The keyboard is an important piece of computer hardware that is used to insert all sorts of characters into the system. In a typical keyboard, each button usually corresponds to a single character or symbol, however, a combination of keypunches is required to produce the desired character.
Although the interpretation of keypunches in modern keyboards is now done by dedicated software, they inherited their core layout from century-old keypunches and teleprinter devices.
Today, there are a variety of keyboards available in the market suitable for different uses. While most keyboard posses arrow keys, letters, symbols, few have additional features such as multimedia keys, power button, palm rests, etc. Apart from typing numbers and symbols, keyboards can also be used to perform special operations.
Below, we have compiled a list of all the major types of keyboard, many of which you may not know.
9. Laptop-Sized Keyboards
Image Courtesy: Michael Maggs
Laptop sized keyboards are characterized by short key distance and reduced number of keys. A typically integrated laptop keyboard doesn’t have a numeric keypad but can have extended feature keys that control volume, brightness, power button, etc. They have a universal QWERTY keyboard setup. Of course, you will find options to add an external keyboard in every laptop via a USB port or by wireless means.
8. Chorded Keyboard
A Microwriter MW4 in 1980s Image Courtesy: Steve Baker
Have you ever played a chord on a piano or guitar? It’s basically the same principle used in chorded keyboards. It allows users to enter characters into a system with a limited number of keys. All you have to do is enter a combination to produce the desired character. These keyboards can simply be used with one hand only.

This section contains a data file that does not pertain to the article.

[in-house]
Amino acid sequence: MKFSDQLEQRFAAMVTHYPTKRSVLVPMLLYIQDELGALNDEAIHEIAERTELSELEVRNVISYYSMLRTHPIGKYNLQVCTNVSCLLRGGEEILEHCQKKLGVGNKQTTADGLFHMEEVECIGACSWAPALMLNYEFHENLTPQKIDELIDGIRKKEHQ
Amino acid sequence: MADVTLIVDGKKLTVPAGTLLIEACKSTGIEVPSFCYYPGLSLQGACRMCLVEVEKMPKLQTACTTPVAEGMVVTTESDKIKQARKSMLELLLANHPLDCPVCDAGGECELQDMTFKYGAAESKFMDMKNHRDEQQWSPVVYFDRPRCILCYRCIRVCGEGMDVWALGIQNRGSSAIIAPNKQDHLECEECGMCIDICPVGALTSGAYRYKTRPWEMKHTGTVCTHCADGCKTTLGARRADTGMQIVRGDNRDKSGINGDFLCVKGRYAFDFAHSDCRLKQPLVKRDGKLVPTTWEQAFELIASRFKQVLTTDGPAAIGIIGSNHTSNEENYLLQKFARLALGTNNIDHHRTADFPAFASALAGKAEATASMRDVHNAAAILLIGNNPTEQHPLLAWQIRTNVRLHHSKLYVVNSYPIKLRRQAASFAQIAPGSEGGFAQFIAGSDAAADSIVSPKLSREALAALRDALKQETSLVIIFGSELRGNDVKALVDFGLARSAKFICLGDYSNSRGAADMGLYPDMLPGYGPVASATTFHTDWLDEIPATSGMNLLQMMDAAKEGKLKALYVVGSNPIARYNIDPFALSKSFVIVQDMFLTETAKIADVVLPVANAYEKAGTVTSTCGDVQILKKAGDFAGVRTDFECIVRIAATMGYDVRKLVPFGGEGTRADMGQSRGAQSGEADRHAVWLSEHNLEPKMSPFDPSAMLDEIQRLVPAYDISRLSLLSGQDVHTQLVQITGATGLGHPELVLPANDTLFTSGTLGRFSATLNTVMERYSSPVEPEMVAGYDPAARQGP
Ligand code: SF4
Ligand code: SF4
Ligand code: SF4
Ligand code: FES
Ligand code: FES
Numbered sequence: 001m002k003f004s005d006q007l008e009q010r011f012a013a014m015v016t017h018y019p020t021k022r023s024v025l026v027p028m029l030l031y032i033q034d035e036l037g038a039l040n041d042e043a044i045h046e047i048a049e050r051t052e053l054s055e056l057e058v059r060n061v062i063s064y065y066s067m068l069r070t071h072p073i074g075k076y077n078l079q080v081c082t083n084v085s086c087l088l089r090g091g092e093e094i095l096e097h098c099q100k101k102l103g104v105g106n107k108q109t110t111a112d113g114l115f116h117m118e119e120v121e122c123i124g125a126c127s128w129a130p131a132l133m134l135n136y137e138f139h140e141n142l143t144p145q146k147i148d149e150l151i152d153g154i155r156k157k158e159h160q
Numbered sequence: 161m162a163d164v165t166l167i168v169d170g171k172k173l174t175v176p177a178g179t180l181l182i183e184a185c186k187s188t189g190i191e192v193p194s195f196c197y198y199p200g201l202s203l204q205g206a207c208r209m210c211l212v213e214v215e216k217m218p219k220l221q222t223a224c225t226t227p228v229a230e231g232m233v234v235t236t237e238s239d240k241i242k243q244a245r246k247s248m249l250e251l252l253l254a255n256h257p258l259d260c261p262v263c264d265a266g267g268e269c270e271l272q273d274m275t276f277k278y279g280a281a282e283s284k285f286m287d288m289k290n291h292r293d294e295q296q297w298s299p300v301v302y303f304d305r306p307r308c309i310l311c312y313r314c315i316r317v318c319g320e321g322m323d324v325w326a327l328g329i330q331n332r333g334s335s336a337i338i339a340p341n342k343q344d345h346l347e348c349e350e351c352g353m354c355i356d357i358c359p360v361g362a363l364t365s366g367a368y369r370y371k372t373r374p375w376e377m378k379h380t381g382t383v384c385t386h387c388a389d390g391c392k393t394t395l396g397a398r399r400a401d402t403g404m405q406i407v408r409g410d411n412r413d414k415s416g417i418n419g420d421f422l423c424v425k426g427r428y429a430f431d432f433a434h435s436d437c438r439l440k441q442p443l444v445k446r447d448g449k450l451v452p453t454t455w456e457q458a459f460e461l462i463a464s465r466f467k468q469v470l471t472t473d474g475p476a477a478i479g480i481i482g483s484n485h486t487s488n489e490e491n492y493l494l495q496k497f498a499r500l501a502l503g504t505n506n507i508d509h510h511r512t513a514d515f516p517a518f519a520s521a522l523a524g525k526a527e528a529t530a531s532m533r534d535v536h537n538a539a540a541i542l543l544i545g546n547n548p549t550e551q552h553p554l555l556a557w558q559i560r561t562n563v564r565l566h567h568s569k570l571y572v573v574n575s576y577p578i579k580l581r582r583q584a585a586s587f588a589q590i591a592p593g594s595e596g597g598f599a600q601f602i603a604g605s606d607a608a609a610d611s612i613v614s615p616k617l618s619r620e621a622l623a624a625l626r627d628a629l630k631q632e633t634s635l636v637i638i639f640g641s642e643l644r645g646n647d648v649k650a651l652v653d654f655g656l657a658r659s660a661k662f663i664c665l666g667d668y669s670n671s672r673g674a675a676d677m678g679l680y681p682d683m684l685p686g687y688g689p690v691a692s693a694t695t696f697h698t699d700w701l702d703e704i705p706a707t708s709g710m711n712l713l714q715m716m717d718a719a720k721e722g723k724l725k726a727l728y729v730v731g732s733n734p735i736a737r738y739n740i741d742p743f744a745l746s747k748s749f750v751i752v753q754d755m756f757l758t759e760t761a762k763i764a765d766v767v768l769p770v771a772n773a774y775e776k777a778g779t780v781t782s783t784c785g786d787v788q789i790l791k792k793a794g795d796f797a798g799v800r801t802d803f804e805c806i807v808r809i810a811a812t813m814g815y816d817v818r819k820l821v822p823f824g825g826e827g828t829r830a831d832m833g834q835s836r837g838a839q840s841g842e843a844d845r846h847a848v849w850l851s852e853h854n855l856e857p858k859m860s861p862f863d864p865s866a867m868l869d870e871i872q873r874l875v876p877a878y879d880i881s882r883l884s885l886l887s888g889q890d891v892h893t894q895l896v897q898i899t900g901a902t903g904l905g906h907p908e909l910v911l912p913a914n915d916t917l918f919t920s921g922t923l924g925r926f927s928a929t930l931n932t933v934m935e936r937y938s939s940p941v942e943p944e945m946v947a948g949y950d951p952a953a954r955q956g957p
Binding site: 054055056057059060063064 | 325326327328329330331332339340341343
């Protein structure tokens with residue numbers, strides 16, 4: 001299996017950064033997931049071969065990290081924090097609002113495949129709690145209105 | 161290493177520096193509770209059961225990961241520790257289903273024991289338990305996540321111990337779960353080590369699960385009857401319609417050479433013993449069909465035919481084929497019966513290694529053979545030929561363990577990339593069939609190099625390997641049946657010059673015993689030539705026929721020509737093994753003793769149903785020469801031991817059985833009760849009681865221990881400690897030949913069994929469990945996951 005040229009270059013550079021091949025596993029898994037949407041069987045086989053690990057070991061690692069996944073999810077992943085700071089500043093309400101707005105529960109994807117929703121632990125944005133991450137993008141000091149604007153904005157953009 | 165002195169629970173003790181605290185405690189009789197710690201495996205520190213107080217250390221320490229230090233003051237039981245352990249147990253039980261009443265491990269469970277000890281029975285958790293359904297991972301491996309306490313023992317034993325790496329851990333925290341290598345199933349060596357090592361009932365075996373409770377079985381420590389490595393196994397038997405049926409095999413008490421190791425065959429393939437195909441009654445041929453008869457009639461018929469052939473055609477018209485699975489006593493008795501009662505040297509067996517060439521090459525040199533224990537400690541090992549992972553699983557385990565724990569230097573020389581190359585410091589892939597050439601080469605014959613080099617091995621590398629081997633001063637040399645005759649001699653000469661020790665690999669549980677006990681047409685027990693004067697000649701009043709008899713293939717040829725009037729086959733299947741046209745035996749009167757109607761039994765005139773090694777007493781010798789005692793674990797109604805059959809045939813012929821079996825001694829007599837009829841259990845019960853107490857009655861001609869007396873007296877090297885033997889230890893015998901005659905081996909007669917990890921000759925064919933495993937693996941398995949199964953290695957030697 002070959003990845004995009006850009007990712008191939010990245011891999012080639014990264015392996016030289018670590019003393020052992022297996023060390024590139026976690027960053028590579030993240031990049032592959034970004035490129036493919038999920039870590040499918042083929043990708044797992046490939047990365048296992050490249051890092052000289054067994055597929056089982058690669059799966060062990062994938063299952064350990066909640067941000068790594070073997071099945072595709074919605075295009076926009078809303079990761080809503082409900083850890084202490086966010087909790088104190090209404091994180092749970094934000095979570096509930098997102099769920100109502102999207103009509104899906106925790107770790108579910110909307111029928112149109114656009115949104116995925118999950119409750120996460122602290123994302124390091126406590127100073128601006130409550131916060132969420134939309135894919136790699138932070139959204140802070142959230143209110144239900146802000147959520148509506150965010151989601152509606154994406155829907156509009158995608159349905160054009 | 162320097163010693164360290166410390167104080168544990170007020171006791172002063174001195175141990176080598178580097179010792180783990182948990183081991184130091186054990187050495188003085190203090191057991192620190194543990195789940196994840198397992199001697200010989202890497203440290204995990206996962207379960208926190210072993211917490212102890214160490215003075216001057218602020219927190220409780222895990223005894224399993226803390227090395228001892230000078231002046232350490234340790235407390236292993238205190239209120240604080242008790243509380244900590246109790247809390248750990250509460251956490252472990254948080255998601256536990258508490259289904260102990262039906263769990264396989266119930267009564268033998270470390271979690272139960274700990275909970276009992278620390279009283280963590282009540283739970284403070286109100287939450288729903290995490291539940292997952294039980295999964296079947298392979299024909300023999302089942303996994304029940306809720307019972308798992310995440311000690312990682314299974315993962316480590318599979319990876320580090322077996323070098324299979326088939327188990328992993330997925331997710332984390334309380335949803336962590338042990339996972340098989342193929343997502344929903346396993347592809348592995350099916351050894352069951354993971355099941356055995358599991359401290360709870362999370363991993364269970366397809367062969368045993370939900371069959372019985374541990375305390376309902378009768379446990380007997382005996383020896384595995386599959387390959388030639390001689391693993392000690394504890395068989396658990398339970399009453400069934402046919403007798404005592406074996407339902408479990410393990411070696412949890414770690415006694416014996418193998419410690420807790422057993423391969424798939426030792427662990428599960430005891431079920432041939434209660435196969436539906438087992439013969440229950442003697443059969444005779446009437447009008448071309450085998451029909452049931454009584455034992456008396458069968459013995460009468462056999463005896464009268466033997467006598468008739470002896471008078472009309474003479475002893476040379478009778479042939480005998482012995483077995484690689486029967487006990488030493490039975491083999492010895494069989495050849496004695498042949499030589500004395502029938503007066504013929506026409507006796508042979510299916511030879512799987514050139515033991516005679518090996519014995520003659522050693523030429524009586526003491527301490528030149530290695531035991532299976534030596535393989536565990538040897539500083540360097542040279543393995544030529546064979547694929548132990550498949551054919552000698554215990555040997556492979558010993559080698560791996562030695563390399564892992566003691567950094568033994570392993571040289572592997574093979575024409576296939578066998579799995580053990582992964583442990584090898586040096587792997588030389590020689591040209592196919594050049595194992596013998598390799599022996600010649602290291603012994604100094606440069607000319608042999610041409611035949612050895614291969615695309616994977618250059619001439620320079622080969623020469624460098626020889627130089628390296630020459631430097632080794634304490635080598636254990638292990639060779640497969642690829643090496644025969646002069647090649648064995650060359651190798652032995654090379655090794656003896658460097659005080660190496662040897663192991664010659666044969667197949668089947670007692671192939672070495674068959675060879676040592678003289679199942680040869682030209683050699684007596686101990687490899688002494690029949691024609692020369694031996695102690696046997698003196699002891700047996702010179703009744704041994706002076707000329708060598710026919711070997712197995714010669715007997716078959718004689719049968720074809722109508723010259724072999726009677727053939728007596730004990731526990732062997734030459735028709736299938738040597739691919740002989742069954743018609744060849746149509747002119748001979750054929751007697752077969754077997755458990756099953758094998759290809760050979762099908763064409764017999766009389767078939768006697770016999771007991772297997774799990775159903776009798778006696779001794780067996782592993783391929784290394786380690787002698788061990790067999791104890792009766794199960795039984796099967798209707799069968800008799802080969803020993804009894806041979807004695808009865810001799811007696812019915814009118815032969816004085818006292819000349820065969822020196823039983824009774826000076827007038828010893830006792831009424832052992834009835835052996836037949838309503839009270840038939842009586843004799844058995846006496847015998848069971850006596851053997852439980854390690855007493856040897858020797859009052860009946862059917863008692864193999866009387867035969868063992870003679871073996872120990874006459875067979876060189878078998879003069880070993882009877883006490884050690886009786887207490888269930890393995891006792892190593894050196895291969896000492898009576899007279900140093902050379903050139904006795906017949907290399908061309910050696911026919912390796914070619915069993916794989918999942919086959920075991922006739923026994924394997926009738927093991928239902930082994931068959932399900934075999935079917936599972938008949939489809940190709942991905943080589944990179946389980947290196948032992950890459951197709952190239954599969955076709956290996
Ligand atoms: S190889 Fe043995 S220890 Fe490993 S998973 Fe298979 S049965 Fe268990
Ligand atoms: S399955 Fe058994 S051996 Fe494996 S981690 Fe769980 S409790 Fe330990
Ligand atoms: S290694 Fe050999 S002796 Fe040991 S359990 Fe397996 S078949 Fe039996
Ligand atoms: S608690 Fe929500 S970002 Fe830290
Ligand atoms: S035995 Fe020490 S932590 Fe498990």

Because of their small size, it can easily fit into compact areas where standard-sized keyboards can’t. Unlike other keyboard types, chorded keyboards are not commercially successful.
7. Flexible Keyboards
Flexible keyboards are basically a blend between standard and laptop keyboards in both functionality and purpose. A typical flexible keyboard features both a large number of keys and a short key distance.
Most of the flexible keyboards are built from silicone, which makes it resistant to dust and water. They are generally used by travelers, who spent most of their time outdoors and in institutions where regular cleaning is mandatory such as hospitals and clinics.
In order to function properly, these keyboards do need a hard, plain surface. Furthermore, standard USB cables are required to establish a connection with your preferred system. Keep in mind that these keyboards are only meant to be rolled up, rather than folded as folding could possibly damage its internal wiring and circuits.
6. Thumb-Sized or Thumb Keyboard
HTC Apache, a slider mobile phone with thumb keyboard Image Courtesy: Quasar Jarosz
Thumb-sized keyboards are generally found in handheld PCs, mobile phones and similar devices that lack built-in keyboards and have limited typing space. These keyboards feature fewer keys and require combo punches to produce certain symbols and characters. They are intended for typing with thumbs.
The numeric keypad is another type of thumb-sized keyboard that only accommodates mathematical symbols and numeric characters (0-9) to perform addition, subtraction and other arithmetic operations.
While numeric keypads are generally integrated and are usually located on the right-hand side of a standard computer keyboard, they are available individually and are used in various data entry jobs.
5. Gaming Keyboards
The gaming industry is among the fastest-growing sectors in the world. It has now become a profession for thousands of expert gamers, and just like gaming setups they need dedicated keyboards to achieve higher performance.
A dedicated gaming keyboard is much like a standard keyboard except they have a few additional features such as multimedia keys, LED screen and palm rest. Illuminated keys are a key component of these keyboards.
They are also slightly smaller and more comfortable than regular keyboards. This significantly reduces the amount of fatigue and injuries to the wrist that a player may experience during prolonged hours of play.